If the terminal you are using does not handle tabs properly, the output may be formatted incorrectly.

If you are using pg as a filter with another command that changes your terminal I/O settings, the settings may not be reset properly.


Refer to the cat, grep, head, sed, and tail commands described in modules 13, 60, 63, 117, and 131, respectively.


The pg command is a filter that reads the standard input and writes to the standard output. It can also read from a list of files.

If the standard output is redirected to a file or pipe (it no longer is the terminal), pg performs much like the cat command. If there is more than one file, pg places a header at the top of each file.


The pg command provides a powerful and flexible way of viewing files larger than a screen in length. It can be used in place of the cat or view command. It provides the ability to search for strings and skip lines forward and backward. It can also move between multiple files.


In this activity you use the pg command to find your login entry in the /etc/passwd file. Begin at the shell prompt.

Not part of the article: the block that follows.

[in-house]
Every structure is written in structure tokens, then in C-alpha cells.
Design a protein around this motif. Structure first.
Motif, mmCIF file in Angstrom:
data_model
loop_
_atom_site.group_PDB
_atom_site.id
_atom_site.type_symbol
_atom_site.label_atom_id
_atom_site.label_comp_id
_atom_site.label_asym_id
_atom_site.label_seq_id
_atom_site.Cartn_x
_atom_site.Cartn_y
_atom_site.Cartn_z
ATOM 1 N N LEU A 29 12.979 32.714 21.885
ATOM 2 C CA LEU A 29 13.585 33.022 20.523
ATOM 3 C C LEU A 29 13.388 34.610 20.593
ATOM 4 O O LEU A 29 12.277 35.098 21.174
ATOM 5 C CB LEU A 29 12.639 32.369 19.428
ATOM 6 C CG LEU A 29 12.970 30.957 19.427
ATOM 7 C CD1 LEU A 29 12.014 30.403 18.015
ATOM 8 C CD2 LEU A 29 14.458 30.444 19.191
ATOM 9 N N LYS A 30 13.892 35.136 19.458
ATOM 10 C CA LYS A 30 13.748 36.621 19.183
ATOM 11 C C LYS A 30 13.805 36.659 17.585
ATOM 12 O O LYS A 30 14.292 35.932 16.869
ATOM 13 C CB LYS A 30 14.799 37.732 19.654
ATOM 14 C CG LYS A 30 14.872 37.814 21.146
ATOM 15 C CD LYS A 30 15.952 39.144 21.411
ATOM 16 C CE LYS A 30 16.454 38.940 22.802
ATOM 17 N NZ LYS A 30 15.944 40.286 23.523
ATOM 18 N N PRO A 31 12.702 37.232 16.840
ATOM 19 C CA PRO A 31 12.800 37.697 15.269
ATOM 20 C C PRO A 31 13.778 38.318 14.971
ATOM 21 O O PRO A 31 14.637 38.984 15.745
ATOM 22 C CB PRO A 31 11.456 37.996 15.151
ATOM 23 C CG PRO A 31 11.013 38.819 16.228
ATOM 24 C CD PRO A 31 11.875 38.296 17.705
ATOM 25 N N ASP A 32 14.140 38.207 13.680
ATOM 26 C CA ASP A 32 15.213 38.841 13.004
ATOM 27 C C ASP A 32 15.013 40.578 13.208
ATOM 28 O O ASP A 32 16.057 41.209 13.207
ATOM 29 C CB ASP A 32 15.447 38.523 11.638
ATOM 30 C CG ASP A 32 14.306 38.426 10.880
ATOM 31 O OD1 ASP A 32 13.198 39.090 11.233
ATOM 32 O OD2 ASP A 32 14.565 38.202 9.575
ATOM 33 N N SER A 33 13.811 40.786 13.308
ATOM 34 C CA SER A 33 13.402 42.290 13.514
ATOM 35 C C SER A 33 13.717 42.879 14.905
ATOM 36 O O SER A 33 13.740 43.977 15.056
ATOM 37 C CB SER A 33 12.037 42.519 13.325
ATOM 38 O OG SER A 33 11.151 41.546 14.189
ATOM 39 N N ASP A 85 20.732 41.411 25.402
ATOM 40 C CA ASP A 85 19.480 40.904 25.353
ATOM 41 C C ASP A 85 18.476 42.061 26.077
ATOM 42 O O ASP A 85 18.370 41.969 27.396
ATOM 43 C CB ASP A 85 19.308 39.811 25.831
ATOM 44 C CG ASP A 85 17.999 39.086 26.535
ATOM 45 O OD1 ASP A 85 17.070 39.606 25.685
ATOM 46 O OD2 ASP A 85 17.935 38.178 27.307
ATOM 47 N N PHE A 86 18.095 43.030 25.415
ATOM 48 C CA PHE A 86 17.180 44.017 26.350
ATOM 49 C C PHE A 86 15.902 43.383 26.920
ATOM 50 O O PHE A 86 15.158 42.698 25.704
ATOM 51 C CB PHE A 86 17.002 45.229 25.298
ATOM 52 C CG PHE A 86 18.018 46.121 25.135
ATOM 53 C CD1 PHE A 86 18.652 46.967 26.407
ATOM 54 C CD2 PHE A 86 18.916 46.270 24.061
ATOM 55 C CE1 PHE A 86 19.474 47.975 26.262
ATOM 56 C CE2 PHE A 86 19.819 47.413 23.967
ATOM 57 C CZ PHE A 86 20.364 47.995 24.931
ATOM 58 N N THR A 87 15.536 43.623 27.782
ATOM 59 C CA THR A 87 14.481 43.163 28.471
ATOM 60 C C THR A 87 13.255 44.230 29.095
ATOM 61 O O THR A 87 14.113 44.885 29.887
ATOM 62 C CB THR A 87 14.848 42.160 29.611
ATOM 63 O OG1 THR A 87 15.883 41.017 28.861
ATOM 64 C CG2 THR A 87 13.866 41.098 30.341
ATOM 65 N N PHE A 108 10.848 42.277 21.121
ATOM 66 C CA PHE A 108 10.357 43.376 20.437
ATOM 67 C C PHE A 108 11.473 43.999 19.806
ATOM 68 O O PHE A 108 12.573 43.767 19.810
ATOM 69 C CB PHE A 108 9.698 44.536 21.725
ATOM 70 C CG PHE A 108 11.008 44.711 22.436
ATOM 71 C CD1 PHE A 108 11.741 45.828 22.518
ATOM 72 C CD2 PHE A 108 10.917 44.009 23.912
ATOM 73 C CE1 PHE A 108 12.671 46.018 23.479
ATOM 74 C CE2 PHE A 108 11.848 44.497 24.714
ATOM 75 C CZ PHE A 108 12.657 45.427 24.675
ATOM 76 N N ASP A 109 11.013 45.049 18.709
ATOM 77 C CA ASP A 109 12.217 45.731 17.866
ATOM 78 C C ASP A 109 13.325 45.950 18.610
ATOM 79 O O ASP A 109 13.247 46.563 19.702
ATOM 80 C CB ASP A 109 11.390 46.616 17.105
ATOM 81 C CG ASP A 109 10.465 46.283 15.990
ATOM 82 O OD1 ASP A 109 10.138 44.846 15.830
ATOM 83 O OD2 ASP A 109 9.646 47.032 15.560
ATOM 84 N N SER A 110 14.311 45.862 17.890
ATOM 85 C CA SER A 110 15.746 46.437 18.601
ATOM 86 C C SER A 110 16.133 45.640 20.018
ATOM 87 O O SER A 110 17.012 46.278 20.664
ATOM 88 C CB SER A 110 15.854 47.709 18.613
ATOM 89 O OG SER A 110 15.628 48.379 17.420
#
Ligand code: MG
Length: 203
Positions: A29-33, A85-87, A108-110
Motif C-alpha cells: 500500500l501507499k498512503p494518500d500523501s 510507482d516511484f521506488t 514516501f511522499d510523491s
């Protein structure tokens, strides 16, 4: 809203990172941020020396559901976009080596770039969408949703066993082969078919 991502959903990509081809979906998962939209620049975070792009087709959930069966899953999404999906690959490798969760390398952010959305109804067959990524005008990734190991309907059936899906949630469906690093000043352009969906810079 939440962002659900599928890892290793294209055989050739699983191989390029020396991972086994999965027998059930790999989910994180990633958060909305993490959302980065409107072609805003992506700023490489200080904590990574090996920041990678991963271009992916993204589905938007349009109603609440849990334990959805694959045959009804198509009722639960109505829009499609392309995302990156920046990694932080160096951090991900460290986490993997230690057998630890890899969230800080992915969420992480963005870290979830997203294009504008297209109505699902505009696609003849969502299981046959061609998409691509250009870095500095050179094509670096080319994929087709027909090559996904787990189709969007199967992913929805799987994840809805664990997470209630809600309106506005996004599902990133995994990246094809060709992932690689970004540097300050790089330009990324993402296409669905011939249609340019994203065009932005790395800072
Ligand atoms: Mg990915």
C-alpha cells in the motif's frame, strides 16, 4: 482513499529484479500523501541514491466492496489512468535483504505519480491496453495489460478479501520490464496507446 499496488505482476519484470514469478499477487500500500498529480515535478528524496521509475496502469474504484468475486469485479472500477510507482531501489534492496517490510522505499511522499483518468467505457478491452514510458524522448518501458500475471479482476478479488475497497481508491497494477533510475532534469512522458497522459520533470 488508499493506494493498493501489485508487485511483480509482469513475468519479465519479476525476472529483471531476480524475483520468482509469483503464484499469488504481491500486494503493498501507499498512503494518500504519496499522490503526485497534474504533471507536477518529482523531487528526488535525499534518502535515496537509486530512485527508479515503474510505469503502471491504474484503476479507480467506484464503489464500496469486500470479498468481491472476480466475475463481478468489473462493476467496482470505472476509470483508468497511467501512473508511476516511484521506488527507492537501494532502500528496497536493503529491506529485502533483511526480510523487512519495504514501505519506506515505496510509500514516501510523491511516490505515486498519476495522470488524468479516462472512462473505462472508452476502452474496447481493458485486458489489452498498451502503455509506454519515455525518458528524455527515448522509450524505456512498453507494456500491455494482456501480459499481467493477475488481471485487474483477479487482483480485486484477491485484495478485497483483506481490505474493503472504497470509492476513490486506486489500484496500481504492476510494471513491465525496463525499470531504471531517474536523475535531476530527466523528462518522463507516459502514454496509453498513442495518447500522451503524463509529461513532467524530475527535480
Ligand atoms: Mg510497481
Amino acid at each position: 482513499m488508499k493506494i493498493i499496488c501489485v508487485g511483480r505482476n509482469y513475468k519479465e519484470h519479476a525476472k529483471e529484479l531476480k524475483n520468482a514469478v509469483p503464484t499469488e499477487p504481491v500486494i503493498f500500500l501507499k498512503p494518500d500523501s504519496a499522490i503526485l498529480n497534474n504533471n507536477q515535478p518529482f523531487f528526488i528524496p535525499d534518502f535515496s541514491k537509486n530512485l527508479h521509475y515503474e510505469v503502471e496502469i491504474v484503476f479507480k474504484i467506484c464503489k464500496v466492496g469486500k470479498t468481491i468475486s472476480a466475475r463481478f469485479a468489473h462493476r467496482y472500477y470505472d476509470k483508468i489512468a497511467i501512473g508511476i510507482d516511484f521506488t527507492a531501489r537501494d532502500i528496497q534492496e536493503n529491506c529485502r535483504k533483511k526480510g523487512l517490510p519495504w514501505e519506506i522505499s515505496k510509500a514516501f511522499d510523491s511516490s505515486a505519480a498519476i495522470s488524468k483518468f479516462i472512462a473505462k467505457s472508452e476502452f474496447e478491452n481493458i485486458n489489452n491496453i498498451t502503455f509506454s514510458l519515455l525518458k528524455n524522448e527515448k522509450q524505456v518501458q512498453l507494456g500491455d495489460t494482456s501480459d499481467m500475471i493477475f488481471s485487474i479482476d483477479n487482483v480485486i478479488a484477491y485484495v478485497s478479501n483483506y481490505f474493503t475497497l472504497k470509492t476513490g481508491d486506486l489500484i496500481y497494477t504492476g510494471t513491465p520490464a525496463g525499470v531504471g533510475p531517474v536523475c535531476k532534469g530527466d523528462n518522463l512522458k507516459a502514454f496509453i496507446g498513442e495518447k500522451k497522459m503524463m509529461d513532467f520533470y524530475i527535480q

1.  Type pg -cns /etc/passwd /etc/group and press Return. Notice the screen is cleared and the first 23 lines of the passwd file are displayed. If your TERM variable is not defined or defined incorrectly, your screen may not be cleared.
2.  Now type /mylogin and press Return at the colon prompt. The next page displayed will contain your login entry. If your passwd file is small and your login is on the first page, the search will not cause a change.
3.  Type n and press Return at the colon prompt to display the first screen of the next file. The /etc/group file will be displayed.
4.  Type h at the colon prompt. The help summary screen is displayed. To return to the same screen type a . (period).
5.  To exit pg type q.
6.  Turn to Module 90 to continue the learning sequence.